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From Andreas Gudian <andreas.gud...@gmail.com>
Subject Re: Unpacking jars into target/classes
Date Thu, 07 Mar 2013 12:05:48 GMT
Am Donnerstag, 7. März 2013 schrieb Joachim Durchholz :

> Warning: Just philosophy here.
> I AM trying to restrict myself to things I haven't said before. Some
> amount of repetition is inevitable, and this kind of discussion is nearing
> the point of diminishing returns, so I'm trying to cut down on this kind of
> discussion.
>
> Am 07.03.2013 10:57, schrieb Baptiste MATHUS:
>
>> I'm having a hard time understanding why you keep being unwilling to use
>> Maven conventions but keep using it at the same time.
>>
>
> Hello? Because it has been advertised to me as "THE build tool that will
> solve my problems"? And maybe because switching build tool in mid-flight is
> a daunting task?
>
> I'm here because I'm locked in, not because I think Maven is great.
>
>  Maven is the opinionated build tool. Using its conventions is almost
>> compulsory. Maven is all about conventions and making build standard
>> across
>> projects.
>>
>
> Problem with Maven is that its conventions are too restrictive. Maven
> works well as long as you are 100% inside its mental model of how a build
> should be set up; the problem is that as soon as you (need to) work outside
> that box, Maven will break down, horribly.
> Overly terse documentation makes it worse because that makes it hard to
> decide whether the reason for some problem is because some option wasn't
> properly set, or whether the plugin simply can't do what one wants. That's
> making for a lot of frustrating dead-end exploration.
>
>  If you want full scripting features and design the build the exact way you
>> want,
>>
>
> That's not really what I want.
> I want a declarative specification so the tool can decide what build steps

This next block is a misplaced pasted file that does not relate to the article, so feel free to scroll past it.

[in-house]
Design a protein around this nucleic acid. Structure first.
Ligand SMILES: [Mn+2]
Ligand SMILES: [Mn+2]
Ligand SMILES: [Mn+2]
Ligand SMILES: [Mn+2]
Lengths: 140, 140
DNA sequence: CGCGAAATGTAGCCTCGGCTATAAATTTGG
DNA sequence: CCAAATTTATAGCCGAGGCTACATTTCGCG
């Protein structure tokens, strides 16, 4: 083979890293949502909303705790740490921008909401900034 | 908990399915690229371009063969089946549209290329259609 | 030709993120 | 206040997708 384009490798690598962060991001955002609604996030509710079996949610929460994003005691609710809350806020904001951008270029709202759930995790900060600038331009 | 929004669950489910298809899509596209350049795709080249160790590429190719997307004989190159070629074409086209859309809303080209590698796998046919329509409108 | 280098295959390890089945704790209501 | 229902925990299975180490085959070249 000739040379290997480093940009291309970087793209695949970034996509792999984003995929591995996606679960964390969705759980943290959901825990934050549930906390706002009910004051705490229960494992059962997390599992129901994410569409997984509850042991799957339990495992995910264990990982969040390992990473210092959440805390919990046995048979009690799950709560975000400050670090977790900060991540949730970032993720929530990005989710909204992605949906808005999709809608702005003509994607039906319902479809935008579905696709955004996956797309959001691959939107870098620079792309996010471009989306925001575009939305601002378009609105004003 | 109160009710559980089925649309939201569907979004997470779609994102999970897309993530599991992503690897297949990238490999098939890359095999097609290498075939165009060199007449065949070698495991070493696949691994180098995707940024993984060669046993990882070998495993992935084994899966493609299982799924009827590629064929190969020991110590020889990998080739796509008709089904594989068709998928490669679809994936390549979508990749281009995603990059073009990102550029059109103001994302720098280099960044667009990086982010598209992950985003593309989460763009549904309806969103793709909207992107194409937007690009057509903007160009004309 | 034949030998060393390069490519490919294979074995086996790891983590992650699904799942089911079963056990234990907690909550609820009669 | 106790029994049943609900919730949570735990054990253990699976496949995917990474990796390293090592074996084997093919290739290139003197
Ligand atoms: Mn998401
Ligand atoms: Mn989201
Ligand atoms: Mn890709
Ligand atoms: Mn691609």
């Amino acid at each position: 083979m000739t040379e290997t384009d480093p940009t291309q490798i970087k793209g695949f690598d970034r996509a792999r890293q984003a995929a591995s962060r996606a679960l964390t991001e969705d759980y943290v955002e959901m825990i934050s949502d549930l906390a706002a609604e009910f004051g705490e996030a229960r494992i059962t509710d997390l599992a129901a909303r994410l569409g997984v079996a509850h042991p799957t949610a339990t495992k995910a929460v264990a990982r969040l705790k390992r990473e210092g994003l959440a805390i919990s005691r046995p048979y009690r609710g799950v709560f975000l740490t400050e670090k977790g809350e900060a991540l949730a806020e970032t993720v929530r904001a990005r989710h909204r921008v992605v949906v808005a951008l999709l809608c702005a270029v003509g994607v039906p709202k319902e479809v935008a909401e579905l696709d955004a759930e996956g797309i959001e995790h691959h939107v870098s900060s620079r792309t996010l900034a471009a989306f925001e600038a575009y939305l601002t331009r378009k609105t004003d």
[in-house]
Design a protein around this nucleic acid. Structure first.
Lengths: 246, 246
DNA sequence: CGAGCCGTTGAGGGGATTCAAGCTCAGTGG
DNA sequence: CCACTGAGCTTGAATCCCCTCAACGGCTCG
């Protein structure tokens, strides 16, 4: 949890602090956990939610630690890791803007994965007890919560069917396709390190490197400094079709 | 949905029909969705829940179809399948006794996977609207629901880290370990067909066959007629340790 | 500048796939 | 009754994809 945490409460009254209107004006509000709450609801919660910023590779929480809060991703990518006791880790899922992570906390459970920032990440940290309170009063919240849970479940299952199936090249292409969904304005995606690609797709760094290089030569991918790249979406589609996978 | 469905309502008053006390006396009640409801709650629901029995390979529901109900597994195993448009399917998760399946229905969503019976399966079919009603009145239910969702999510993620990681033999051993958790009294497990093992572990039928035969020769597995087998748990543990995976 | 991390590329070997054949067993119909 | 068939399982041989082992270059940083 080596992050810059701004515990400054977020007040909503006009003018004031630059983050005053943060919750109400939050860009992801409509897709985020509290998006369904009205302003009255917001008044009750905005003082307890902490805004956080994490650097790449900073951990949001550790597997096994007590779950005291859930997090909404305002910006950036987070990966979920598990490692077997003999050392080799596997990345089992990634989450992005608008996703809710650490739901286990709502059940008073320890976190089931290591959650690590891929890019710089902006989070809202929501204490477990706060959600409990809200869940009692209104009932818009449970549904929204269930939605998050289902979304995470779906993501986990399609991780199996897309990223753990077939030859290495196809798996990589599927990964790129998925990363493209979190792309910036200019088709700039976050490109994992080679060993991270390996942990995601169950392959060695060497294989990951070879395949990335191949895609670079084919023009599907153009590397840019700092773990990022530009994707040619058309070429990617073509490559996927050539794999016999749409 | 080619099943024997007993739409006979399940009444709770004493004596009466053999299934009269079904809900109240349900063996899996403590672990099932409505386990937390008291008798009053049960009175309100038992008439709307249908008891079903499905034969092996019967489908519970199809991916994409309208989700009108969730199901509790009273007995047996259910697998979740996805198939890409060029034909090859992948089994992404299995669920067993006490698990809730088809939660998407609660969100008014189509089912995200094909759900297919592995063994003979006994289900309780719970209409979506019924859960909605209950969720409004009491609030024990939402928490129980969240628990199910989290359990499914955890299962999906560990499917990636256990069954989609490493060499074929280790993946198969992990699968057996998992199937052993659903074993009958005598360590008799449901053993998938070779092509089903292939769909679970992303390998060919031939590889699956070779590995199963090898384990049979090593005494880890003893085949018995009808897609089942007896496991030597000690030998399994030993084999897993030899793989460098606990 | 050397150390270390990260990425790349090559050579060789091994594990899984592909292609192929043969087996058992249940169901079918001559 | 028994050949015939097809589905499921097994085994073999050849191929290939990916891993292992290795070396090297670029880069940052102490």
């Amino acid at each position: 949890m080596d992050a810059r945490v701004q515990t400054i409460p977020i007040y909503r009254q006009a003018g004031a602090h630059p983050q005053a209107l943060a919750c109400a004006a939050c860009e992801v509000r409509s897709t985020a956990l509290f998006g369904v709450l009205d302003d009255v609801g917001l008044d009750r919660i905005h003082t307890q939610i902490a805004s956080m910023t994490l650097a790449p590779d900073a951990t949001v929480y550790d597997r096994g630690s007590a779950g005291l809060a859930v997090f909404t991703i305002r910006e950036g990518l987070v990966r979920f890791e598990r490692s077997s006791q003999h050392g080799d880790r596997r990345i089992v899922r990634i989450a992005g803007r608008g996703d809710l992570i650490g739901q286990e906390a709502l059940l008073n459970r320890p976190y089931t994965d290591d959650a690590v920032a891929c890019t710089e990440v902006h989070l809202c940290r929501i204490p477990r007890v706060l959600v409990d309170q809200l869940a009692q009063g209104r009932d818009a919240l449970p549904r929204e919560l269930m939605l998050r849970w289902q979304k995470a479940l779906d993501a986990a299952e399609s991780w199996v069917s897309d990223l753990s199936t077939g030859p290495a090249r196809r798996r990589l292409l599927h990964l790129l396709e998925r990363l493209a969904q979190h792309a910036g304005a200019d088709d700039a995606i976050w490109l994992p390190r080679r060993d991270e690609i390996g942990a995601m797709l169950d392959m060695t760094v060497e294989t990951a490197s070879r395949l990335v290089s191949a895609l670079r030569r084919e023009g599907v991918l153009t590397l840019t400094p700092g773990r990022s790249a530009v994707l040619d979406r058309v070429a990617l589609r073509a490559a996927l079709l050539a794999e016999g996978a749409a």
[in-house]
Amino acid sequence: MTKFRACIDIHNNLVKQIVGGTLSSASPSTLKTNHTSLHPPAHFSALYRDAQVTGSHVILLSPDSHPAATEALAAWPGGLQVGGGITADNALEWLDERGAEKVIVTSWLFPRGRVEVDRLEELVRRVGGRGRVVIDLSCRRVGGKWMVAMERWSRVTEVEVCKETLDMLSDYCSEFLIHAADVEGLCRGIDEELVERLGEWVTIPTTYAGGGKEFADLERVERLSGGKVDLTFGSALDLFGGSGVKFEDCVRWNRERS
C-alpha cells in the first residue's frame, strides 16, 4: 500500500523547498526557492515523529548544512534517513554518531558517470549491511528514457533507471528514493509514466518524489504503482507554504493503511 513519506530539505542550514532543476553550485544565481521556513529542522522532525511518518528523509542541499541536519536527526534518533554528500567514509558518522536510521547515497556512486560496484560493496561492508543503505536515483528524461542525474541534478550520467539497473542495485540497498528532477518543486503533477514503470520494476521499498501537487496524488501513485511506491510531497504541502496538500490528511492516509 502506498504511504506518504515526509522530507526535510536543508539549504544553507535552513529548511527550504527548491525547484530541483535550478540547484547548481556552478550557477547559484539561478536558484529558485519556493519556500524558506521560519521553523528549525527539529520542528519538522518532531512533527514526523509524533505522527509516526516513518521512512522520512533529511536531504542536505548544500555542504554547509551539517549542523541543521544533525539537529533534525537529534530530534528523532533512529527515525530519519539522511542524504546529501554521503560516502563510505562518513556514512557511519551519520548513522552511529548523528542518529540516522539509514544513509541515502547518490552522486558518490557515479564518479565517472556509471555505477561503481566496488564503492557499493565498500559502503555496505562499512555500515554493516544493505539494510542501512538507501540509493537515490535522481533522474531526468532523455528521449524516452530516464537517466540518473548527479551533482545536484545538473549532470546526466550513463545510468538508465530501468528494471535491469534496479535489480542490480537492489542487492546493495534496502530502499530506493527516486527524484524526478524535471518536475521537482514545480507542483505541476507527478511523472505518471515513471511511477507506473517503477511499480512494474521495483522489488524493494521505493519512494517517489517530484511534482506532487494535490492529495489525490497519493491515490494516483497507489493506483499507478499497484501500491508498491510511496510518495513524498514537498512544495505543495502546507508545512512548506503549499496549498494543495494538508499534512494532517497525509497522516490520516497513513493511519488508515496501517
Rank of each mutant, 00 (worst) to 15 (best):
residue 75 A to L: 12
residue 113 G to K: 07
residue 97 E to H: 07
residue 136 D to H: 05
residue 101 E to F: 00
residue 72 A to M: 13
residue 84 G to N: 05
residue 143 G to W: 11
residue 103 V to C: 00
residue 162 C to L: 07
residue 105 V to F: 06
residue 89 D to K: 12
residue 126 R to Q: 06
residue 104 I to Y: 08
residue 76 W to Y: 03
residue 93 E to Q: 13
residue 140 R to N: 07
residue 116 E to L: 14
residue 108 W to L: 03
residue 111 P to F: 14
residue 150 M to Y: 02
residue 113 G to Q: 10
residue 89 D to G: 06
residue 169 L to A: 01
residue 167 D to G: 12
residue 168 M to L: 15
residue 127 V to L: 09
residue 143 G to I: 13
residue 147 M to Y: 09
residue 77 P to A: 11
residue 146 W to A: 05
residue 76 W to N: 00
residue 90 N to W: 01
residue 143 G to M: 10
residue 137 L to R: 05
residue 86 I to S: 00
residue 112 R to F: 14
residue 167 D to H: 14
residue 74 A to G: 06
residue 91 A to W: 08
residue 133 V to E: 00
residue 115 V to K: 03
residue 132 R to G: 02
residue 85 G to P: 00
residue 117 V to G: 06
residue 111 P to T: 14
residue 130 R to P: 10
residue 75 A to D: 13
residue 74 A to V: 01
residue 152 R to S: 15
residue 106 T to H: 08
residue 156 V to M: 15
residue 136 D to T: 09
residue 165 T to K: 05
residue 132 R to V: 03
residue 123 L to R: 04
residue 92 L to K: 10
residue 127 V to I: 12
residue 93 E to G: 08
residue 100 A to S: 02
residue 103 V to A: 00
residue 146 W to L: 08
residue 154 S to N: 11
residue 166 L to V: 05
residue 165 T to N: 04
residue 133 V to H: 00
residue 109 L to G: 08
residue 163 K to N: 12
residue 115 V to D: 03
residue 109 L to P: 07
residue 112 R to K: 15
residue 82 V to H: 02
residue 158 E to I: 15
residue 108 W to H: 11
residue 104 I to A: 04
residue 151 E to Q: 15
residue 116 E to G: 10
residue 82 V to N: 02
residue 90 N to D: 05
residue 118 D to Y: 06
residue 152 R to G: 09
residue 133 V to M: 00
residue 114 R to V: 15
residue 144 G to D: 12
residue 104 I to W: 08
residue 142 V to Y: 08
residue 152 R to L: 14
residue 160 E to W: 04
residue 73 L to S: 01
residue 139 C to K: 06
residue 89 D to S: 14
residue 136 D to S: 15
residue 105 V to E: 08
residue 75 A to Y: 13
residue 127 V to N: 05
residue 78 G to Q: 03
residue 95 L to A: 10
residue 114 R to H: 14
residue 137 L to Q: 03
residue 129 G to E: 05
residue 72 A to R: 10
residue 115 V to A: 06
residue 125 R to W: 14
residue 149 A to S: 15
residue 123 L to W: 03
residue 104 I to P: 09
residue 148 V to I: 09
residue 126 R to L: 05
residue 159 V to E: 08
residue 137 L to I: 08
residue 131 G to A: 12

> to run.
> I want full scripting only for the individual build steps. This probably
> means an obligation to specify the declarative metadata so the tool can set
> up its build plan. Plus this probably also means that people will need a
> way to test whether their metadata are correct, since otherwise people will
> get subtle errors into the build plan.


Then the ant-plugin should help you. Eclipse might have a harder time in
that case, though.



>
> I also want Eclipse integration, so build configuration doesn't need to be
> specified redundantly.
> This is usually done via a plugin that configures Eclipse projects,
> restricting further what can and what cannot work as build script (or
> requires another layer of metadata so the plugin knows what to do; m2e's
> lifecycle mapping complications are a good example how complicated this
> problem is.)
> (Substitute the IDE of your choice for Eclipse if you want.)
>
> > then have a look at gradle. Or ant+ivy might make you happy.
>
> I'm not sure whether Gradle fits the bill. Given the complexities
> involved, there's a high risk that it won't.
> There's also that advice for any tool is invariably biased, so I also risk
> acting on inappropriate advice. I've been bitten by this time after time,
> Maven is just the last
>
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